There are concerns obviously. What happens if stored biometric data is compromised? Will it facilitate identity theft? It is controversial when it comes to monitoring of children, for instance, in schools and such like. The Article 29 group, which is the group of all data protection authorities in Europe, has issued guidance on this. And in essence, their guidance boils down to is the data subject aware of this, and it recommends that in all cases the subject is aware of the biometric identification in place. Are there sufficient safeguards?
Safeguarding biometric information
One common safeguard is that the biometric system doesn't, in fact, record the biometrics directly, but records certain portions so that is not possible, for instance, to reconstruct a fingerprint from the biometric authentication that the system uses. In essence, it means that it's not directly possible to steal identities, or fingerprints, or so on and so forth. It is simply that it's able to verify someone's identity without necessarily having a snapshot of their identity, whether it's their iris or their fingerprint or their voiceprint, etc.
It's very important that the purpose of the biometrics be clearly stated and that it be limited to that purpose, which must be in the legitimate interest of the data controller without prejudice to the rights and freedoms of the data subject. In simple English, there must be good reason for this biometric system to be in place.
The Data Protection Commissioner recommended the following approach before biometrics will be lawful. The data controller should consider the particular need for that system, the most assessed privacy impact of various systems, and all of those needs must be fully considered before any biometric system will be introduced. It’s stated specifically, except in unusual circumstances, any employer or student who objects to using such a system should be allowed to use an alternative system, which does not involve processing of biometric information.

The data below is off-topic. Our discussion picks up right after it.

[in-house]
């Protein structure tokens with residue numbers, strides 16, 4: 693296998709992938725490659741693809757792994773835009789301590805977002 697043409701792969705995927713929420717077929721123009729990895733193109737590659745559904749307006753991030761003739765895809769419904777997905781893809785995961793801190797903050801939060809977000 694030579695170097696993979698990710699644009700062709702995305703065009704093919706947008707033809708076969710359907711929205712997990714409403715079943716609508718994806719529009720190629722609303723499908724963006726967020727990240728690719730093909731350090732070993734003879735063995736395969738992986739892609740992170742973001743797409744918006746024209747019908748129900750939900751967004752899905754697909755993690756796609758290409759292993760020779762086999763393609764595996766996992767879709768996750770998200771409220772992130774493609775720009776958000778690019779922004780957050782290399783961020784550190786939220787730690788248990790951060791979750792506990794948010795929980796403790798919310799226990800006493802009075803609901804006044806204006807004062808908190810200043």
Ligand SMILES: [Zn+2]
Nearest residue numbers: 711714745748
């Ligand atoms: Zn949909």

It is the use of a system by an employer that may be a data protection concern, not necessarily the production or sale of such a system. All situations must be judged on a case by case basis. So in essence, in order to introduce biometrics or indeed tracking or any other monitoring. There must be a demonstrable need for that system, and it must be proportionate, and the employees or the persons being tracked must be aware of it.
There is a difference where covert surveillance is used. In a covert surveillance situation, it is important that there be a demonstrable need for that surveillance. So, for instance, to protect against theft from a warehouse, generally it would not be possible to put in covert surveillance systems lawfully. However, if it is shown that currently items are being taken from the warehouse, such that there is a specific target of that covert surveillance, then the Data Protection Commissioner is often more comfortable with that covert surveillance for a limited period of time because of a specific situation, that has arisen. So for instance, the surveillance might last a day or two days or a week to try and catch the perpetrator of an ongoing theft.
More on Data Protection & Freedom of Information
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- Data Protection in the Workplace – What you need to know in 2020
- Data Protection Implications of Employee Medical Assessments for Employers
- Covert Surveillance – Guidance from the European Court of Human Rights
The information in this article is provided as part of Legal-Island's Employment Law Hub. We regret we are not able to respond to requests for specific legal or HR queries and recommend that professional advice is obtained before relying on information supplied anywhere within this article.